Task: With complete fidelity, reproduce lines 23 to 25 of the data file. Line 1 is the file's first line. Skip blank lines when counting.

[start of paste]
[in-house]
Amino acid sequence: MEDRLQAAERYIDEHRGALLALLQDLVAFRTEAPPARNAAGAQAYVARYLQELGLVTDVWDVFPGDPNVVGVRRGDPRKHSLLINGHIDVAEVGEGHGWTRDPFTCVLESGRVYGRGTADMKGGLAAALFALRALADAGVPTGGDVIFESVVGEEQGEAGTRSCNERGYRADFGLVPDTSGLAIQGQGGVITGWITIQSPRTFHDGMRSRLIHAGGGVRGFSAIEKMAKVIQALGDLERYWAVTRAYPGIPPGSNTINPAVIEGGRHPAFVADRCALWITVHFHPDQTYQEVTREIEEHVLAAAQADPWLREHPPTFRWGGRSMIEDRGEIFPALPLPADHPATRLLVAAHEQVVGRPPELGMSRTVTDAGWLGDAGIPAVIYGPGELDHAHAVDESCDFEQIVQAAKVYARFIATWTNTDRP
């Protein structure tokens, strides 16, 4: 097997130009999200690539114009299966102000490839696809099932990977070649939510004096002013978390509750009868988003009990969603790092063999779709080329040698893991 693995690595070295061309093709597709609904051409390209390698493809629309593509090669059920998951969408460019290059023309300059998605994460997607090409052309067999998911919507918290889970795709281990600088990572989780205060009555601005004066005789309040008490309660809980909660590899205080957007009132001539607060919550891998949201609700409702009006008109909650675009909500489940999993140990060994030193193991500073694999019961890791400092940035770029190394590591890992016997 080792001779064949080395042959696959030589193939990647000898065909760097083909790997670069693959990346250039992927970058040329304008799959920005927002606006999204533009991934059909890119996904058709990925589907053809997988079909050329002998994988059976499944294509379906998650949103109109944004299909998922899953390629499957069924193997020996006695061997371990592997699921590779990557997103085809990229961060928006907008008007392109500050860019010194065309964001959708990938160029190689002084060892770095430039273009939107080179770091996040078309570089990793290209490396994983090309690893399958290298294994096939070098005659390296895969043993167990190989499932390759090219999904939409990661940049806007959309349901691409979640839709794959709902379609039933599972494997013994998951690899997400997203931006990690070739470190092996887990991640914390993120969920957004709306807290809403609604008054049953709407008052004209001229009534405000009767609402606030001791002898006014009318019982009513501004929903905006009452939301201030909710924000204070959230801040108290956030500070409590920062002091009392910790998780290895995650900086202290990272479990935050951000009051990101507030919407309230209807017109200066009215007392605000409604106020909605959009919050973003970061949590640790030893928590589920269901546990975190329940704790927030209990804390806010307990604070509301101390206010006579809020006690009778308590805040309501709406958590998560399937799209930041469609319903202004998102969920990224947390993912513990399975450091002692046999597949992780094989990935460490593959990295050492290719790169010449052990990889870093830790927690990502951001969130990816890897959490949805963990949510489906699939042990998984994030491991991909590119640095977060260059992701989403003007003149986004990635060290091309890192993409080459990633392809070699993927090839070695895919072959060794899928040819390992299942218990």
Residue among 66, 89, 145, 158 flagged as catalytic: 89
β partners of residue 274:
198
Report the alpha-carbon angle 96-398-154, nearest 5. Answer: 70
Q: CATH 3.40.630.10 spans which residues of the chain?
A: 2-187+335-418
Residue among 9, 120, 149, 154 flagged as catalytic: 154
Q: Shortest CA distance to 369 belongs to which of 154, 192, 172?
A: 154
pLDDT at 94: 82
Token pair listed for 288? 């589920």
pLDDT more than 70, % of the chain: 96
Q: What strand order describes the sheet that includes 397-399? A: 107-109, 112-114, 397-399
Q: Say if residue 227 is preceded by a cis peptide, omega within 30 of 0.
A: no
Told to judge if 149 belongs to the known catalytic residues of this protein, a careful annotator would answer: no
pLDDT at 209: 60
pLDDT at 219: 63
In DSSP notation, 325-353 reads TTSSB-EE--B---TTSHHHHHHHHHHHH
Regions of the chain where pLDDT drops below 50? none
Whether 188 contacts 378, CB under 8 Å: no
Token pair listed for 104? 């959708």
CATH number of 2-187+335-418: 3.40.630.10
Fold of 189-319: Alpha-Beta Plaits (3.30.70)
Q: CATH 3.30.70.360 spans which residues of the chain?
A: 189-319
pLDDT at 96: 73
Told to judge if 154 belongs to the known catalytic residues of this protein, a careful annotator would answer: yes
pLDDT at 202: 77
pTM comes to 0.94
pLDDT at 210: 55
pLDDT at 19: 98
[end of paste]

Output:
Regions of the chain where pLDDT drops below 50? none
Whether 188 contacts 378, CB under 8 Å: no
Token pair listed for 104? 């959708």